Why do preachers attempt to manufacture lectures that fill the identical time allotment, week after week?
A denominational executive recently chided pastors in his tribe for inflicting “spiritual starvation” on their flocks.
The crime? Brief sermons.
After skimming a sermon on a pastor’s blog, the denominational leader wrote: “It could not have been more than eight minutes long, if that! This is, sadly, not some exception. It is in keeping with a disturbing trend: shorter and shorter sermons. We cannot expect our congregations to remain healthy and put them on a preaching starvation diet.”
This misguided executive has been duped by the myth of “more is better.” I’m afraid he’s assuming his longed-for long sermons achieve far more than they really do.
The Goal And Not
We need to be clear about the goal of a sermon or message time. To me, it’s to help draw people into a closer relationship with the Lord — to help them know, love and follow him.
And we need to be clear about what is NOT the goal. The sermon’s goal should not be …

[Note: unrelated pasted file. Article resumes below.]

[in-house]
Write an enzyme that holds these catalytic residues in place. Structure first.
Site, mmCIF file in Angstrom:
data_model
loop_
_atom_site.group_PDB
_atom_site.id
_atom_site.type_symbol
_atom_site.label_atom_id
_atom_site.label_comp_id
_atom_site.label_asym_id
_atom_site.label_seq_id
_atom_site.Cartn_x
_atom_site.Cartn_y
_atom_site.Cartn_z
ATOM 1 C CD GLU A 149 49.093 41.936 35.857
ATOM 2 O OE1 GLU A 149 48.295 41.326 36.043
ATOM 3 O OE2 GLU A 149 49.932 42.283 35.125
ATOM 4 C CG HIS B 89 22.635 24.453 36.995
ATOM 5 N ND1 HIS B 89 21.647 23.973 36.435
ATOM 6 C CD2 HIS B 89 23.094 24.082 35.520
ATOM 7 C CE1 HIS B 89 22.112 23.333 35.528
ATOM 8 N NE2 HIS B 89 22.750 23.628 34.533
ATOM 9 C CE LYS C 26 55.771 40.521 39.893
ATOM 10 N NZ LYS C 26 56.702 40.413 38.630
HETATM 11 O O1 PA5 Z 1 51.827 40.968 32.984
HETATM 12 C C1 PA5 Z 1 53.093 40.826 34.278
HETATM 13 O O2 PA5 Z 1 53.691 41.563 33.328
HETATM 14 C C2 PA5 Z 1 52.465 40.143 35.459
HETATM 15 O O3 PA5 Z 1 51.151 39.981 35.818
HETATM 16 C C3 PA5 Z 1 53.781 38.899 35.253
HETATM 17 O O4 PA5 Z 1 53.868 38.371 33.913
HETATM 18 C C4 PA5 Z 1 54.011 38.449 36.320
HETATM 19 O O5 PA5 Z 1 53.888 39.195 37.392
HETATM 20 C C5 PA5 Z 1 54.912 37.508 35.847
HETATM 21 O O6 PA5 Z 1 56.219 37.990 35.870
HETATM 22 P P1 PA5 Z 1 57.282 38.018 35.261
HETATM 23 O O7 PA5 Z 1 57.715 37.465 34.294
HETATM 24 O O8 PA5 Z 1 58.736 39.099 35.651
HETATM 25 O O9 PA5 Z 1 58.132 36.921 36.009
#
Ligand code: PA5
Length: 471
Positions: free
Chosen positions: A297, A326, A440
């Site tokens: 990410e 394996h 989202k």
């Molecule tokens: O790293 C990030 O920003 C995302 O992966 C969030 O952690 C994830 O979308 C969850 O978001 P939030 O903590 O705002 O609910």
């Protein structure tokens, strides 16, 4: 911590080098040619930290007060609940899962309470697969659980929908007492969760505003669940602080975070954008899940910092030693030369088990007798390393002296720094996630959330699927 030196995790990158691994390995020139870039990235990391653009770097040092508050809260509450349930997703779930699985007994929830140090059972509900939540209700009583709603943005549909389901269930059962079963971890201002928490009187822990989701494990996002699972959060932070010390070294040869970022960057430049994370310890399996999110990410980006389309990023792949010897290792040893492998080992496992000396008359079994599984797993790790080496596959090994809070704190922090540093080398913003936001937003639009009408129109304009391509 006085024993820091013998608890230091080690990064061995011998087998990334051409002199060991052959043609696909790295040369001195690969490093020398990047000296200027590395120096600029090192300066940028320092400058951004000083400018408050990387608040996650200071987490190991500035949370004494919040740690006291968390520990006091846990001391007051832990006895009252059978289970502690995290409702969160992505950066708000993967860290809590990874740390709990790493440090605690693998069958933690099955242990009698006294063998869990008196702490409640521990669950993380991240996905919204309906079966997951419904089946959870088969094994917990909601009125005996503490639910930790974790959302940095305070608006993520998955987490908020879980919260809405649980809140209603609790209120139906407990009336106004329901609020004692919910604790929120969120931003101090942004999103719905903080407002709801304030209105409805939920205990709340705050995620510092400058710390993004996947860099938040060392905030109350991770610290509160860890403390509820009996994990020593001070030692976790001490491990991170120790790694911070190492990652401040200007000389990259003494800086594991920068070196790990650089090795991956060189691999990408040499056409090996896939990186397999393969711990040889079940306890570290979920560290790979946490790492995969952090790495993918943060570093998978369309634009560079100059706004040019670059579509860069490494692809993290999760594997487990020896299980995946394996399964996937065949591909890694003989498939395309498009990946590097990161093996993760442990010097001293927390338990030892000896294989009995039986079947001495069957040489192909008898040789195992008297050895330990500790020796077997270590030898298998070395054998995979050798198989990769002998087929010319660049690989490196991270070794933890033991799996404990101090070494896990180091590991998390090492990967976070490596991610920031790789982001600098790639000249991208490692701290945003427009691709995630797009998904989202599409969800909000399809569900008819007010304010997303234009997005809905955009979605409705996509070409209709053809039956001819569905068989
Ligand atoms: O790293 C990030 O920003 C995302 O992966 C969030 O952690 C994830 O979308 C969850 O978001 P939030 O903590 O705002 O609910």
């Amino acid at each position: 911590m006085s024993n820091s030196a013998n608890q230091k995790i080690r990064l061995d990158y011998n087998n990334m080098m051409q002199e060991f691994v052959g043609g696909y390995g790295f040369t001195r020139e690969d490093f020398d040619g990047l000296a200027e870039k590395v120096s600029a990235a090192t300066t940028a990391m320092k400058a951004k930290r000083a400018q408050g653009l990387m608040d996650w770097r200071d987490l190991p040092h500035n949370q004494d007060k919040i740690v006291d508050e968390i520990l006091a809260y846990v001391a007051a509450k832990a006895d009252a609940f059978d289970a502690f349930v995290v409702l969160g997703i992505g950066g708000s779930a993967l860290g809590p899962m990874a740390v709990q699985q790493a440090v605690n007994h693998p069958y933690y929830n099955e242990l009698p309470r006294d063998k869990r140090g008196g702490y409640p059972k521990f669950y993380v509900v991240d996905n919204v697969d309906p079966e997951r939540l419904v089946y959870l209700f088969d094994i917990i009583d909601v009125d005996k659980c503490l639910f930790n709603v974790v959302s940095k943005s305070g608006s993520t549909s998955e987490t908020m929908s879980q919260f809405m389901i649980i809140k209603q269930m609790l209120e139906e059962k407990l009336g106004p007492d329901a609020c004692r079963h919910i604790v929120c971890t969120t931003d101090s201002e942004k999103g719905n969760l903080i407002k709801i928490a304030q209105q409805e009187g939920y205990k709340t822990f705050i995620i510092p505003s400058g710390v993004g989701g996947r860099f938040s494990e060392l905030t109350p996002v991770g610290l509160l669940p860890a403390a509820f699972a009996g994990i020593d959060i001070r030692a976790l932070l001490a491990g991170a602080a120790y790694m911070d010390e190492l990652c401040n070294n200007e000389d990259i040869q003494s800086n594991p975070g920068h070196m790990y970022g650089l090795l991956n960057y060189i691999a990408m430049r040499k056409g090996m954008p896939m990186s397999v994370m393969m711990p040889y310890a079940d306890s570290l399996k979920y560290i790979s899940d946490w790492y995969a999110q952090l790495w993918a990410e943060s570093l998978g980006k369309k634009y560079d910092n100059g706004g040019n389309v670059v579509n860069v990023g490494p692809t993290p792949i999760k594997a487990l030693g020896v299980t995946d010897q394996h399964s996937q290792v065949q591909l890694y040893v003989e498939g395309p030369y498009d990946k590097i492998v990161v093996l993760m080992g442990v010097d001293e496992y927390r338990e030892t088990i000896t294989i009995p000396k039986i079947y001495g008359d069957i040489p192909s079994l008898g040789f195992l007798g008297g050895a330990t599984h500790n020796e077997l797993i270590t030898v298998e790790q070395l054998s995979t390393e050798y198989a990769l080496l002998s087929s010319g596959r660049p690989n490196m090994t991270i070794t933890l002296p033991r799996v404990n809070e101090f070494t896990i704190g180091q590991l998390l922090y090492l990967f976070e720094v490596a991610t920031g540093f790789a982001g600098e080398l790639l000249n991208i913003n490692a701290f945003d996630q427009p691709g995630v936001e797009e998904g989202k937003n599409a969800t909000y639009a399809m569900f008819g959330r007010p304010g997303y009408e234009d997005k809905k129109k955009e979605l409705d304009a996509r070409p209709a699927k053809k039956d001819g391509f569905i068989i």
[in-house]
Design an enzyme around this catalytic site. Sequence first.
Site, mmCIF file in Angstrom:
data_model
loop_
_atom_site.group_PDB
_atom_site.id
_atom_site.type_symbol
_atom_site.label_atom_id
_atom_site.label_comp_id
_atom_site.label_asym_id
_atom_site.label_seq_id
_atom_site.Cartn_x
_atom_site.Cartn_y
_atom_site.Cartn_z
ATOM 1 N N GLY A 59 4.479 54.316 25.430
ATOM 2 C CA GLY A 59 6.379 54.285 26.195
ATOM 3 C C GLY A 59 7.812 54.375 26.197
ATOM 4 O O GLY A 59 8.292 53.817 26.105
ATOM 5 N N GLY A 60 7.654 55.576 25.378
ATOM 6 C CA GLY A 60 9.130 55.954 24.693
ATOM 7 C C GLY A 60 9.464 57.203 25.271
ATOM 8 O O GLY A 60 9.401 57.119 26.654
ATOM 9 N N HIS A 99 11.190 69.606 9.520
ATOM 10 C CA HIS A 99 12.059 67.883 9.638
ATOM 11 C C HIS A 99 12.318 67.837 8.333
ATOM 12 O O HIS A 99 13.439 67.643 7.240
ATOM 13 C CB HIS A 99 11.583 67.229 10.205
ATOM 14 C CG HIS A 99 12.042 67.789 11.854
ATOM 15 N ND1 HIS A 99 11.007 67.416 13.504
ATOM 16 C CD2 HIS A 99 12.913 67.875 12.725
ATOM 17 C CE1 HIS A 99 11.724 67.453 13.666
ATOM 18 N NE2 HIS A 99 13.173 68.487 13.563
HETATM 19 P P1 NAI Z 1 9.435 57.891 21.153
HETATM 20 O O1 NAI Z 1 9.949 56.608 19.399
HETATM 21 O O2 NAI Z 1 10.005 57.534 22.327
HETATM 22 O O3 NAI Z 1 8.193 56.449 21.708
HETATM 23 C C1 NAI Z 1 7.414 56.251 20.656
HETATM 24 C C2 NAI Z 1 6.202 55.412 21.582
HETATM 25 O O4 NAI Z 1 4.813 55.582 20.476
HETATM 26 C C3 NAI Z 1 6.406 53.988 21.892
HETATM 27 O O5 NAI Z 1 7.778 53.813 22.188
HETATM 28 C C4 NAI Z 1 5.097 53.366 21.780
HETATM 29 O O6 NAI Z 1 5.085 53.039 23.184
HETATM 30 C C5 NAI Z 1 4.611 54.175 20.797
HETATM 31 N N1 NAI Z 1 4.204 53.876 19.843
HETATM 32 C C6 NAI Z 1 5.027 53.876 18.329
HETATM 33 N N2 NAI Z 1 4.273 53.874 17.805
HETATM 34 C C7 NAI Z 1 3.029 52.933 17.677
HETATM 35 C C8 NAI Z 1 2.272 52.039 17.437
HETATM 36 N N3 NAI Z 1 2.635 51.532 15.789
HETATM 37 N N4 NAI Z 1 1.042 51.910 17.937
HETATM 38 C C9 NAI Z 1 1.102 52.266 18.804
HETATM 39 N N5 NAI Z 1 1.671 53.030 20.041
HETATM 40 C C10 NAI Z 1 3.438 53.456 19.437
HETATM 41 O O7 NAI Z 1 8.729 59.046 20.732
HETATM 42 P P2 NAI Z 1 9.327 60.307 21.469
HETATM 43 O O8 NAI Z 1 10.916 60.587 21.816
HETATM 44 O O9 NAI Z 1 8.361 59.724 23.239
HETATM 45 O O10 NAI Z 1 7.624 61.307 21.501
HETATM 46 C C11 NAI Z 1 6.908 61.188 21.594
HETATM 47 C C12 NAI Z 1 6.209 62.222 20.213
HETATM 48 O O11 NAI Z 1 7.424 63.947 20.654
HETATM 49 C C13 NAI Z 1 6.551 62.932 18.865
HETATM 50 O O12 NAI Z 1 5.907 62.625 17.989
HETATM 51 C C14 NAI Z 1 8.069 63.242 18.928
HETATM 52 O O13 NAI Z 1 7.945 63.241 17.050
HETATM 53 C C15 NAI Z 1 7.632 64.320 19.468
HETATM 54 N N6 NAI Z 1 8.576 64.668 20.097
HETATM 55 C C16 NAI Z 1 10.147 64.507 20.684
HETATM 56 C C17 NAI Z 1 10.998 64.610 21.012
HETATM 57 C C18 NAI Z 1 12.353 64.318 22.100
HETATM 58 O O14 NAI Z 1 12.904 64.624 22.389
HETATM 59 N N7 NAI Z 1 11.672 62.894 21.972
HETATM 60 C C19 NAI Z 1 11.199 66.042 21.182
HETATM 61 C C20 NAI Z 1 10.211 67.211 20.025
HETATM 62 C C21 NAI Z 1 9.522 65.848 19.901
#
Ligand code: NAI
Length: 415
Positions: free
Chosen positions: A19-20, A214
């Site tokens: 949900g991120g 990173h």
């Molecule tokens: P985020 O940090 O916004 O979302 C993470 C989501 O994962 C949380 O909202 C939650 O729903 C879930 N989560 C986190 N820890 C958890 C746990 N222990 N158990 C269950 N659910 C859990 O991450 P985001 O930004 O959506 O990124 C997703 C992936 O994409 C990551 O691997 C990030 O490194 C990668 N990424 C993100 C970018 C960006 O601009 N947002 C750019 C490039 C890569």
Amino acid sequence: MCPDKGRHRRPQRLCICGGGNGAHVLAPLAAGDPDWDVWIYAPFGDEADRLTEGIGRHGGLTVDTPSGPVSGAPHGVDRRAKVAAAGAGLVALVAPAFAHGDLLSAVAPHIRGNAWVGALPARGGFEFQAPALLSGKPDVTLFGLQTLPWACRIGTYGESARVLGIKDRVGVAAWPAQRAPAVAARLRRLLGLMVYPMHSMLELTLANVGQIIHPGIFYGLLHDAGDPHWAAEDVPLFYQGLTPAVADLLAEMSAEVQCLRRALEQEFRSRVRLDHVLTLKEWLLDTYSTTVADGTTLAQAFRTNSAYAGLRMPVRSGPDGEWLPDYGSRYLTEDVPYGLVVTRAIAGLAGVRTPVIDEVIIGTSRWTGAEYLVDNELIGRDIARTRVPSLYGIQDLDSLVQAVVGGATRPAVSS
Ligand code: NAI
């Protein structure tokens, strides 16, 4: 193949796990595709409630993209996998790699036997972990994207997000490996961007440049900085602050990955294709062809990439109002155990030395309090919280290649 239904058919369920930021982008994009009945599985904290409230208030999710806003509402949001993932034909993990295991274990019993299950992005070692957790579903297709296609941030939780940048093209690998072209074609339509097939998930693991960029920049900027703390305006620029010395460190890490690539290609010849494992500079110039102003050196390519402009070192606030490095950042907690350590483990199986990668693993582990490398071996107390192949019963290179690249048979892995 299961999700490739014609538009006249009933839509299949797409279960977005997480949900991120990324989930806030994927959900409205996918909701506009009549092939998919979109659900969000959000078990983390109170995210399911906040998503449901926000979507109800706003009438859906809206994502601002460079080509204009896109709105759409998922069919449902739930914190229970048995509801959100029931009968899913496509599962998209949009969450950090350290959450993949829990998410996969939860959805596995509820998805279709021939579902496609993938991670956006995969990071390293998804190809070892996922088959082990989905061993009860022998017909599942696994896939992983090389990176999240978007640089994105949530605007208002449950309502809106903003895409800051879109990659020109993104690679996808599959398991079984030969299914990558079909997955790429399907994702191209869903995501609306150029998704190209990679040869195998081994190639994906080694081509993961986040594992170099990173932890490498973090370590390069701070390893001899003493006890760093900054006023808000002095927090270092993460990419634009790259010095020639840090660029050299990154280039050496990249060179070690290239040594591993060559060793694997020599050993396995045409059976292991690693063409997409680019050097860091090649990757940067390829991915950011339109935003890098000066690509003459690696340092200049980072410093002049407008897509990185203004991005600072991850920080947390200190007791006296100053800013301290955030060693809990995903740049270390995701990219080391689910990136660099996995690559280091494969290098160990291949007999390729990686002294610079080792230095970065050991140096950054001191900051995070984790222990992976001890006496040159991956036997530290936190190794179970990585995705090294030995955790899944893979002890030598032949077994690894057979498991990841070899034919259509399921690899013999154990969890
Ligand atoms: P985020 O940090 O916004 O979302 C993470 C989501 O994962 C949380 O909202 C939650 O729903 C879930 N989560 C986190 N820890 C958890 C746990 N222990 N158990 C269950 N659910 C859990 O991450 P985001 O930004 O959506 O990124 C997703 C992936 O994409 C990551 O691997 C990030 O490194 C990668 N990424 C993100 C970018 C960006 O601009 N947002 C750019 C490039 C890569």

- To dispense information. We’re drowning in information. We no longer need an information middleman. We need a transformation guide.
- To showcase the speaker’s oratory skills. It’s not about the messenger.
- To prove to the congregation that the preacher studied all week.
- To deify or overexalt the sermon. Yes, God is holy. God’s Word is holy. But a human’s sermon is, well, human. God can work through it. But that’s God doing the supernatural stuff, on his terms.
When it comes to determining the perfect sermon length, we need to know the limitations of the medium:
Lecture method. Of all the forms of communication and inspiration, the lecture method is among the least fruitful. Research shows people remember just 10 percent or less of what they hear in a lecture or sermon. Most of those well-prepared words are quickly lost. Forever. The longer the sermon, the more that’s forgotten.
Finite attention spans. Everyone knows children’s attention spans are short. But adults’ ability to concentrate on a speaker’s words is similarly short — about seven minutes. They’re just better at masking it. (Pastor, even though I’m looking at you and maybe even nodding, I’m actually daydreaming about what I’m going to do after church.)